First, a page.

Both sides in a bloody conflict in Sri Lanka are alleging the use of a type of enhanced explosives, known as thermobaric weapons.
Government forces are well into the decisive final phase of operations against the Liberation Tigers of Tamil Elam (LTTE). Six thousand civilians have been killed in fighting over the last three months.
On Monday the LTTE,a Tamil group fighting for independence, announced a unilateral ceasefire, apparently to allow civilians to escape from the “no-fire zone,” a coastal strip of about four square miles.
Reports of mass casulaties and gruesome injuries over the past few months is part of what sparked reports about the use of thermobaric weapons, which produce a prolonged pressure pulse that is far more destructive and lethal than standard explosives. There has been considerable concern about terrorists gaining thermobaric weapons such as the Russian RPO-A Schmel, because they can counter standard protection, such as armored vehicles (unless completely sealed) and body armor (which may amplify the blast effect). And the internal injuries caused by thermobaric weapons are difficult for battlefield medicine to treat.
How realistic are the allegations that the LTTE have employed thermobarics? The FBI calls the LTTE “among the most dangerous and deadly extremist outfit in the world,” and they have been accused of many attacks on civilians. They invented the suicide belt, and their Black Tiger suicide units have carried out more suicide bombings than Hamas, Islamic Jihad and al-Qaeda put together. (Incidentally, the LTTE are largely Hindu and have been accused of carrying out anti-Muslim campaigns.)
The Sri Lankan media, which is by no means impartial, have accused the LTTE of using thermobaric weapons for some years. The LTTE allegedly used thermobaric rockets in a 2005 attack that killed thirteen sailors, leaving bodies burned beyond recognition; a police investigator is quoted as saying : “We have asked the Government Analyst to carry out a special investigation into the matter as this type of weapon are banned all over the world.”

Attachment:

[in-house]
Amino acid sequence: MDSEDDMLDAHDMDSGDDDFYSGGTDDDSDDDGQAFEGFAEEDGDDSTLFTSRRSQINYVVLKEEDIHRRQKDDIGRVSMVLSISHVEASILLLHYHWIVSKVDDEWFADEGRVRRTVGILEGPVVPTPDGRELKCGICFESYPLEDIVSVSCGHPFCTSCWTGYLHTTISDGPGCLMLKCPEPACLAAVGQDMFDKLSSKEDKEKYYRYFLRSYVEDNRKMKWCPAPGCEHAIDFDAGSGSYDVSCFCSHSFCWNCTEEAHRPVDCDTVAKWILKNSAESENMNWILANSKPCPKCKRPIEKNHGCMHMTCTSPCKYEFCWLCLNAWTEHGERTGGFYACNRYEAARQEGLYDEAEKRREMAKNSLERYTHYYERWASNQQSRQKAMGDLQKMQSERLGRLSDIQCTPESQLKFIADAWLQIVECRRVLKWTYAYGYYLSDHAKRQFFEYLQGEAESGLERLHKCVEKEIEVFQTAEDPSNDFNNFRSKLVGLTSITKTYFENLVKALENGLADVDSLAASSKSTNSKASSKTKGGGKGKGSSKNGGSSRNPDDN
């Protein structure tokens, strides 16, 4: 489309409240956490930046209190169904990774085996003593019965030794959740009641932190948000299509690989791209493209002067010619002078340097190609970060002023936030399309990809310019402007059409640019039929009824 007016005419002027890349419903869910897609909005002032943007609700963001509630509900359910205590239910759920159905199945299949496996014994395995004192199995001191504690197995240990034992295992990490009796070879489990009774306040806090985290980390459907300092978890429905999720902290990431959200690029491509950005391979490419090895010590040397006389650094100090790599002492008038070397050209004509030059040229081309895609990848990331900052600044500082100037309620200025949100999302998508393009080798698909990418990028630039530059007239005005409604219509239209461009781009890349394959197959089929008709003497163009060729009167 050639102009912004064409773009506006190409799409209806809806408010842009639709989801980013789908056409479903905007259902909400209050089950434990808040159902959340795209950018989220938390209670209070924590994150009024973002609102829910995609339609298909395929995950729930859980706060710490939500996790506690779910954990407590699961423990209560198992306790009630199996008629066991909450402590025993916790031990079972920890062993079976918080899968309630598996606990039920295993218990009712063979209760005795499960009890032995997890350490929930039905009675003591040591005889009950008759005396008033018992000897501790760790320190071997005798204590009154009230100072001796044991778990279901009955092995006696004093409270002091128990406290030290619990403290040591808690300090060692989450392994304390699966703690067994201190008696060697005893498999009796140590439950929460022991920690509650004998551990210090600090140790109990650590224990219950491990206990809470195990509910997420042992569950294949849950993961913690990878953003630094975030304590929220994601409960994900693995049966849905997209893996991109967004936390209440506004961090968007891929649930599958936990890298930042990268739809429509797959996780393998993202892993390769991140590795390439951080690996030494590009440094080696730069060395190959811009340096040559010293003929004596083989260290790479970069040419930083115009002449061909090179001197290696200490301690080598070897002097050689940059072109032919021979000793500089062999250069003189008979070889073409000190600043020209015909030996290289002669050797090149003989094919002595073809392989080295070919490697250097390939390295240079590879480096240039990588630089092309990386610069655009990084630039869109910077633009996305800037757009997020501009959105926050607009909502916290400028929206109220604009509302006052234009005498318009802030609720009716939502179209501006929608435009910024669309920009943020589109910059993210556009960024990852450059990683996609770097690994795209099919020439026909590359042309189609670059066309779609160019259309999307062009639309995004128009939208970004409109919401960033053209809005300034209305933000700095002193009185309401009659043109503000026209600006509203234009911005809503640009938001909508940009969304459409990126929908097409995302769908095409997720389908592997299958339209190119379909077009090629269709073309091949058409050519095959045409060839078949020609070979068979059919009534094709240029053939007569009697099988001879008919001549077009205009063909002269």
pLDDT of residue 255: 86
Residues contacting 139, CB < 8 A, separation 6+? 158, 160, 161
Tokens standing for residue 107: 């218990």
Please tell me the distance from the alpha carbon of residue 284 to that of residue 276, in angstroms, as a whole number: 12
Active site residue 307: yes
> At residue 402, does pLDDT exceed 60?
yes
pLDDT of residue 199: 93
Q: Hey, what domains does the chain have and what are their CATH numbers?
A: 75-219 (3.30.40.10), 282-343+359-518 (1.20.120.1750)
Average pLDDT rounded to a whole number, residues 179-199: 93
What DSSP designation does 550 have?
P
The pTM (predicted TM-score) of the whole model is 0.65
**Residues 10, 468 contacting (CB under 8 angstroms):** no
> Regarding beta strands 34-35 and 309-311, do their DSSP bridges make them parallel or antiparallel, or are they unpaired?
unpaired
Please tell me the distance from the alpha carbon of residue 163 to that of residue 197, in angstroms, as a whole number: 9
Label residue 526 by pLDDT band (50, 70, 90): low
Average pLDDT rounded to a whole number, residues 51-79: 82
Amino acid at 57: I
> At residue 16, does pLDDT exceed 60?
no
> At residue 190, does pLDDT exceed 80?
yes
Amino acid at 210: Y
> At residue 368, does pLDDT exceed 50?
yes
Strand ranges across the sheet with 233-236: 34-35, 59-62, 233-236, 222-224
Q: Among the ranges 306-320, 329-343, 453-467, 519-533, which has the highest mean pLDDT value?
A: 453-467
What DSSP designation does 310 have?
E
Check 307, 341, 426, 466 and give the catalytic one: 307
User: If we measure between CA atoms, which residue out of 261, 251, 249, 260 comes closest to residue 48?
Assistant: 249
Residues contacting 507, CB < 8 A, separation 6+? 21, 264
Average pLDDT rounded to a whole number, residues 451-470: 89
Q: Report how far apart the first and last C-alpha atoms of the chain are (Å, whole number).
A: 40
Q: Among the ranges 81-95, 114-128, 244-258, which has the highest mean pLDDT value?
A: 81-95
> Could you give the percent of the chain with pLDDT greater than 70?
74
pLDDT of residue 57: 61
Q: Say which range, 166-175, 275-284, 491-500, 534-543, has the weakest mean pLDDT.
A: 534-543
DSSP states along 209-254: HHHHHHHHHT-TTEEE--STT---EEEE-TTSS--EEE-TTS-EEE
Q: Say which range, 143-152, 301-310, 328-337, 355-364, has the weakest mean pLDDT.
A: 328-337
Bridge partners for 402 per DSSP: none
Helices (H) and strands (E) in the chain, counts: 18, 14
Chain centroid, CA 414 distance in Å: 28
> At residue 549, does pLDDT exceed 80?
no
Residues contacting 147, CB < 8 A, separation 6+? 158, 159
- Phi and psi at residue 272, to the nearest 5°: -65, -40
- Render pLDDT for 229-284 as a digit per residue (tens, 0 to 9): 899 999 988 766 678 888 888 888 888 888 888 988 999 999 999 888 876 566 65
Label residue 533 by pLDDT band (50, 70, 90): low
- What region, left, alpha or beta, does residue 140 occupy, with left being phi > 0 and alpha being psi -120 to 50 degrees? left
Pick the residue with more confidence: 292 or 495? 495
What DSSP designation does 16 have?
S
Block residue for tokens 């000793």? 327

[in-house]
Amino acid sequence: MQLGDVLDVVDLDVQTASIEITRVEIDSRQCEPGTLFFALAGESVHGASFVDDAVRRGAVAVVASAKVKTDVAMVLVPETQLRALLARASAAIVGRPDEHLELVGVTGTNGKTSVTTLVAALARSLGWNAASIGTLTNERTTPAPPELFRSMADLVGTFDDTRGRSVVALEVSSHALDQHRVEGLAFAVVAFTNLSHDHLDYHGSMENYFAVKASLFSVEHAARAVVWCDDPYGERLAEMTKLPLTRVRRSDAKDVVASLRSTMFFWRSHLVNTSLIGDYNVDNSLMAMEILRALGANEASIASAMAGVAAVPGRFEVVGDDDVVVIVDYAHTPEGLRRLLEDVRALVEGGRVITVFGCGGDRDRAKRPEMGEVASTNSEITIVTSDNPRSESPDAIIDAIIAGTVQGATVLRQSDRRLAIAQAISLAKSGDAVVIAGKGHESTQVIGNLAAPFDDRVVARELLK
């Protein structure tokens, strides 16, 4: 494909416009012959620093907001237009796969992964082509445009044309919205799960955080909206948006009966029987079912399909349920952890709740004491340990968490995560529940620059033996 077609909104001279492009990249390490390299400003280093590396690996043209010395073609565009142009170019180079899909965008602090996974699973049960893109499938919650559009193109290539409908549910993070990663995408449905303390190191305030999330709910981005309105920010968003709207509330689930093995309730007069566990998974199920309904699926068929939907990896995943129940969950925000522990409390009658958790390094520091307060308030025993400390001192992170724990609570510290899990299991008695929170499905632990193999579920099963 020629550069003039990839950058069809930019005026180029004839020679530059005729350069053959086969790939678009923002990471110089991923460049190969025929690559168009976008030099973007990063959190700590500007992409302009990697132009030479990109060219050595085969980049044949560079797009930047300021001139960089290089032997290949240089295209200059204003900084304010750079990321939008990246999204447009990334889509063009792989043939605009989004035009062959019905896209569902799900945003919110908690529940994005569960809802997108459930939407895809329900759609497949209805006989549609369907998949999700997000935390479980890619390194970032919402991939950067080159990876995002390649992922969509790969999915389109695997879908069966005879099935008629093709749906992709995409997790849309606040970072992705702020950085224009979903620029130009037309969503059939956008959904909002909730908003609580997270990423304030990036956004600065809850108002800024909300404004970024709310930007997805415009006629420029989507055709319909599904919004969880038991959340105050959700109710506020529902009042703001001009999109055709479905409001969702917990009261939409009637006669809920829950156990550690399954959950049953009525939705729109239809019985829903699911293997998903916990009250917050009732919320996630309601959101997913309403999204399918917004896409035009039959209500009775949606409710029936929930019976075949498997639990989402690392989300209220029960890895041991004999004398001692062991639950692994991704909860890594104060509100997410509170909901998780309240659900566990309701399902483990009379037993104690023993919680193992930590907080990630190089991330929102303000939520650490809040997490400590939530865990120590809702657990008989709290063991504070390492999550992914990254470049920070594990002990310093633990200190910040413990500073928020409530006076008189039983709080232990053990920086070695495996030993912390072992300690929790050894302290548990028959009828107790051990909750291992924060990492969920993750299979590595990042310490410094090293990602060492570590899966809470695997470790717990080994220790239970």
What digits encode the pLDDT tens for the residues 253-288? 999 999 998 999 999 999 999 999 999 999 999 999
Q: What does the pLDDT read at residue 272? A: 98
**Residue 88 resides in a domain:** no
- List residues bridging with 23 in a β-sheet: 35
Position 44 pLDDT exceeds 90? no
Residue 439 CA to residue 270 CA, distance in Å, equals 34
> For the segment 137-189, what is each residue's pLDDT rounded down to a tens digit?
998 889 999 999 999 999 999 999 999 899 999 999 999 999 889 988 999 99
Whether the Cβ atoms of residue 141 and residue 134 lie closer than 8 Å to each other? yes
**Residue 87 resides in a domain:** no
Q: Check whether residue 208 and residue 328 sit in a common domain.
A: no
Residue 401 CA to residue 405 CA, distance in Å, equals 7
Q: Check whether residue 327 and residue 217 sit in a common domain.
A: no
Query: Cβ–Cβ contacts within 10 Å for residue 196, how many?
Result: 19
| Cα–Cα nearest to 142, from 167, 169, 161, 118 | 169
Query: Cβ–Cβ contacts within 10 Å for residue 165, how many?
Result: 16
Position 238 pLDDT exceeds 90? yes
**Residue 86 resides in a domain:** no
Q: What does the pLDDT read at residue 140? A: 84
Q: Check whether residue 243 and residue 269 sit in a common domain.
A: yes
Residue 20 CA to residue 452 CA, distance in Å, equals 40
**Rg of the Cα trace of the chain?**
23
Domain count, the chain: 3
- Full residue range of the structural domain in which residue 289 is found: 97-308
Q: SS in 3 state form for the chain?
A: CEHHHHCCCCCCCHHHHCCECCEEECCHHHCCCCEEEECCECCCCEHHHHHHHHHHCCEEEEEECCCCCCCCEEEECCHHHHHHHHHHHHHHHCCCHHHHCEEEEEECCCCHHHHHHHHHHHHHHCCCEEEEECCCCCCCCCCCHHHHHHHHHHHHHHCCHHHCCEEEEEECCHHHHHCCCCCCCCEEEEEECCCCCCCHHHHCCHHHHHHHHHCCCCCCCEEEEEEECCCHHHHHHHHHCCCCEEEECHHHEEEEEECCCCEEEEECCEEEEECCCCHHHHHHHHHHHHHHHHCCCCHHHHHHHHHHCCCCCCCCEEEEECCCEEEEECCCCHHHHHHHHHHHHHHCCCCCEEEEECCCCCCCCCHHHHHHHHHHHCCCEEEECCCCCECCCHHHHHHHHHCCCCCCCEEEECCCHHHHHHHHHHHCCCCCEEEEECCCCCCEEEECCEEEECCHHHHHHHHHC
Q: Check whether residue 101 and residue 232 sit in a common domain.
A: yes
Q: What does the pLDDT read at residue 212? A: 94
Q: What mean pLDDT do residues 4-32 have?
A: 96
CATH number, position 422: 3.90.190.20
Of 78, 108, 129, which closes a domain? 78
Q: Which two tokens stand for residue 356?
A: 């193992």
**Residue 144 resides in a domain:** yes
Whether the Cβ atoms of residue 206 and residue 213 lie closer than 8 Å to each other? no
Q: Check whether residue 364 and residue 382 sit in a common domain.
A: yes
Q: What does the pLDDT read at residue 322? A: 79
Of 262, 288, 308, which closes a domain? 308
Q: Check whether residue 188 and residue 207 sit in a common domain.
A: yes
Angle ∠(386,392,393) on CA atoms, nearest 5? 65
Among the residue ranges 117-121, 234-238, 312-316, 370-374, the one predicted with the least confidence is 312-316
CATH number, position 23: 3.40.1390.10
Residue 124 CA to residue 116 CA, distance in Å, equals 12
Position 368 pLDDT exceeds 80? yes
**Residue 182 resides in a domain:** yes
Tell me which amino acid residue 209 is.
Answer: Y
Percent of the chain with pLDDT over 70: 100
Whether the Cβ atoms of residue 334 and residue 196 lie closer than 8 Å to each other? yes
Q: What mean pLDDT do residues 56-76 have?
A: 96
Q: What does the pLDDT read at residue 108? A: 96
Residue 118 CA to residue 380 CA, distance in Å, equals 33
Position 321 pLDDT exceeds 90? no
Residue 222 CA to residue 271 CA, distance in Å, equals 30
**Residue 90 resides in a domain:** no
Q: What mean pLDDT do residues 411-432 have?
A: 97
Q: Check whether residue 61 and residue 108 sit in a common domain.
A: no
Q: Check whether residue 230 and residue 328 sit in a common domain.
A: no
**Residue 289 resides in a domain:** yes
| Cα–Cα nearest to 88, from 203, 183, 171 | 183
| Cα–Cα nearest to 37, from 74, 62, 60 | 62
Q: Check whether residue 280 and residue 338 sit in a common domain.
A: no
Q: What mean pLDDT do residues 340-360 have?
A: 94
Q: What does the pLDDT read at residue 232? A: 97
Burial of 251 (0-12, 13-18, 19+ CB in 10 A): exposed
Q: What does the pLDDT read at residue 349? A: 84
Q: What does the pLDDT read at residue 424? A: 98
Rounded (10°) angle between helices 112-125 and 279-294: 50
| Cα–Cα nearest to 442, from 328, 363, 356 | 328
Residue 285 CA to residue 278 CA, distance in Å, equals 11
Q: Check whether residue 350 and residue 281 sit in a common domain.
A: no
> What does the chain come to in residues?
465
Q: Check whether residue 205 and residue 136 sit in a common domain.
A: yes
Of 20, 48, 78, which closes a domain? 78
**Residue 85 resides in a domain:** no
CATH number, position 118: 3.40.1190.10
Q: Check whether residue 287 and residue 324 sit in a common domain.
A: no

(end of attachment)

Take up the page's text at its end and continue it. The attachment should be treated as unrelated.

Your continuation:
Recently the Sri Lankan Foreign Secretary Palitha Kohona said the government had found evidence that the LTTE were seeking to buy thermobaric weapons (as well as anti-aircraft missiles) on the international market. The government also claimed to have found an arms cache that included “”nine mortar launchers of five different caliber of 120 mm, 81 mm, 82 mm, 80 mm and 60 mm, six Multi Purpose Machine Guns (MPMG ), two thermobaric launchers, twenty pistols, three Rocket Propeller Guns (RPG), [and] seven claymore mines.”
It’s impossible to verify these claims, however.
On the other hand, there are also claims that the Sri Lankan government forces are using thermobaric weapons; they reportedly have acquired Russian RPO-A rockets in 2001 via a British company, Gladstone Industrial Holdings. The Sri Lankan army also appears to have been using heavy weapons in areas crowded with civilians, though government officials have denied it.
In an article in the Indian English-language newspaper The Statesman, M G Devasahayam last week described what he calls a humanitarian tragedy of horrendous proportions:
According to reports, not denied by the Sri Lanka government, a thermobaric bomb — a device that uses a fuel-air explosive capable of creating over-pressures equal to an atomic bomb — has been used in this mass killing. In one such attack over 520 men died and the Sri Lanka defence website displayed the photos as if these were trophies won.
The Sri Lanka defense website does indeed have an impressive gallery of “achievements” photographs from recent operations (as well as “LTTE Atrocities” and “Commander in Chief: official Events”) , with a section on the capture of the last LTTE stronghold at Puthukkudiyirippu. The pictures show bodies with no obvious external injuries, which might be a sign of death from thermobaric blast. But there also may be other explanations.
At least one petition to the UN has been raised over the Sri Lankan government’s use of thermobarics. I think we can guess how effective that is likely to be.
And, thermobaric or not, the slaughter of civilians in Sri Lanka continues.